Data can be likened to a stream of water when a large amount of data is generated continuously. A variety of data including applications, networked devices, server log files, various online activities, and location-based data can form a continuous stream. We call such a form of data processing stream data. In streaming data, various types of data sources can be collected, managed, stored, analyzed in real time and provided with information. For most scenarios where dynamic new data is continuously generated, it is beneficial to adopt streaming data processing, which is suitable for most industries and big data use cases.
Stream data processing systems are used to analyze stream data. There are already many stream data processing systems that are widely used by companies, such as Apache Flink, Apache Storm, Spark Streaming, and Apache Heron. These stream data processing applications are characterized by large deployments and long run times (months or even years) in applications, and each application runs with different data, so even small performance improvements can have significant financial benefits for companies. To improve system performance, resource configuration parameters need to be tuned to specify the amount of resources such as CPU cores and memory used in tasks. But selecting key configuration parameters and finding their optimal values for stream data processing applications is very challenging, and manually tuning these parameters is extremely time-consuming. For a single unknown application, a performance engineer, who has a deep understanding on the stream data processing system, may take several days or even weeks to find its optimal resource configuration.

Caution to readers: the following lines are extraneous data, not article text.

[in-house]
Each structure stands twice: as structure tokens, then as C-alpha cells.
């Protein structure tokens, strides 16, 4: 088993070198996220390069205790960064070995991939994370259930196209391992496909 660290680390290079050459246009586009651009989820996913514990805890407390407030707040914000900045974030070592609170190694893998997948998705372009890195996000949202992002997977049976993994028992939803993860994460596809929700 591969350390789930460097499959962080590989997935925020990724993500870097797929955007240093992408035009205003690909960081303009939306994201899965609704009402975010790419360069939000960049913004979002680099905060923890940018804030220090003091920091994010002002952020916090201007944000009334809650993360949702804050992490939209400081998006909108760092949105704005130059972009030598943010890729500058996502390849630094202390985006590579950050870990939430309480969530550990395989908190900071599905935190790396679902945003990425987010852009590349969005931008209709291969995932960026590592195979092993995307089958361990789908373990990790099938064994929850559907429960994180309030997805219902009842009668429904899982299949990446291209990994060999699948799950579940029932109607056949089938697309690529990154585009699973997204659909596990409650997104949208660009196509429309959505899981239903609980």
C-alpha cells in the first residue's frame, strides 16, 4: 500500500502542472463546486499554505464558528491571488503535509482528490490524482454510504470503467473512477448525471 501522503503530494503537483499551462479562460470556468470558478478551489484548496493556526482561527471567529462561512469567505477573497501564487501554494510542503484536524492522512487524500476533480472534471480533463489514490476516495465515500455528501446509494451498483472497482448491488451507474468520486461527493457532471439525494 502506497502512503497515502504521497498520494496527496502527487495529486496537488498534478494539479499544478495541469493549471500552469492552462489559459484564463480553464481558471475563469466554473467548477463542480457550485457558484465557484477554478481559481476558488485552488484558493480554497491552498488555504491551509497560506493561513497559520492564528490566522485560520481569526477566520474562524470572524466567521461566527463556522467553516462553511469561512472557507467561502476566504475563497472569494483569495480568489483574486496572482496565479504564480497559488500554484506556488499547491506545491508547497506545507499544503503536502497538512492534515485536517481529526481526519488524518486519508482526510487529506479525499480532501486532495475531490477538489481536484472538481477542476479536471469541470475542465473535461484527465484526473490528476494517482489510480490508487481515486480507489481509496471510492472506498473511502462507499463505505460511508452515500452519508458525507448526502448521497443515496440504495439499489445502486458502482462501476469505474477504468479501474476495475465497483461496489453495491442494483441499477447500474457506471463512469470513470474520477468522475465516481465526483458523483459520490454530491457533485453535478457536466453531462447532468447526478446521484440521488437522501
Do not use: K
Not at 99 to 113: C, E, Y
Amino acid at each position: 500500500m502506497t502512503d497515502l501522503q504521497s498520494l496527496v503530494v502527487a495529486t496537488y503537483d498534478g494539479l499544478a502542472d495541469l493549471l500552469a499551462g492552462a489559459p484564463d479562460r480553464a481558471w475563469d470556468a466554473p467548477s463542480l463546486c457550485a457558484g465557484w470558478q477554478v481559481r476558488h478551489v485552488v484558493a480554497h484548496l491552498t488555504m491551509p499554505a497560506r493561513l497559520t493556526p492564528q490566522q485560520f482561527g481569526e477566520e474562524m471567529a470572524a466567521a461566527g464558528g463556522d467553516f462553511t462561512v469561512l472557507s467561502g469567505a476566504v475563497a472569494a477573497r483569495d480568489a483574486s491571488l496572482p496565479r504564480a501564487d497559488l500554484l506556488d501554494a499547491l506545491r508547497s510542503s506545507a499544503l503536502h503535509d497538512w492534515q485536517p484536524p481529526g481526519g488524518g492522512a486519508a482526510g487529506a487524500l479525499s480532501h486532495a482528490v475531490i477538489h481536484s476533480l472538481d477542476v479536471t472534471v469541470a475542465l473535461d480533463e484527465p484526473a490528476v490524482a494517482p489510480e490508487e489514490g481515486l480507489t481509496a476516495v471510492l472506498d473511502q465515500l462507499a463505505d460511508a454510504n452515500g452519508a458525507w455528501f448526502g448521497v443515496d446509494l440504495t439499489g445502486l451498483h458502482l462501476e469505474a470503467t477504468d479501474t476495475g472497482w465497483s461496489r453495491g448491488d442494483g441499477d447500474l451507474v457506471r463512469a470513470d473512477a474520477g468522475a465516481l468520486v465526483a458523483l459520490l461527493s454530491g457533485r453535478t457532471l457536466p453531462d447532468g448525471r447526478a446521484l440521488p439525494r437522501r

In order to solve the above problem, researchers have started to apply machine learning methods to conduct research. A study was published in Intelligent Computing on Oct. 6. The authors used the Apache Flink program as an experimental stream data processing application. The machine learning approach was used to automatically and efficiently tune the resource allocation parameters for the stream data processing application. It applies a Random Forest algorithm to build a highly accurate performance model for a stream data processing program that outputs the tail latency or throughput of the application, taking the speed of input data and key configuration parameters as input. In addition, the machine learning approach leverage the Bayesian optimization algorithm (BOA) to iteratively search the high-dimensional resource configuration space to achieve optimal performance.
This approach has been experimentally shown to significantly improve the 99th-percentile tail latency and throughput. The method proposed in this study is a parameter-tuning tool independent of the Flink system, and can be integrated into other stream processing systems, such as Spark Streaming and Apache Storm.
Resource Configuration Tuning for Stream Data Processing Systems via Bayesian Optimization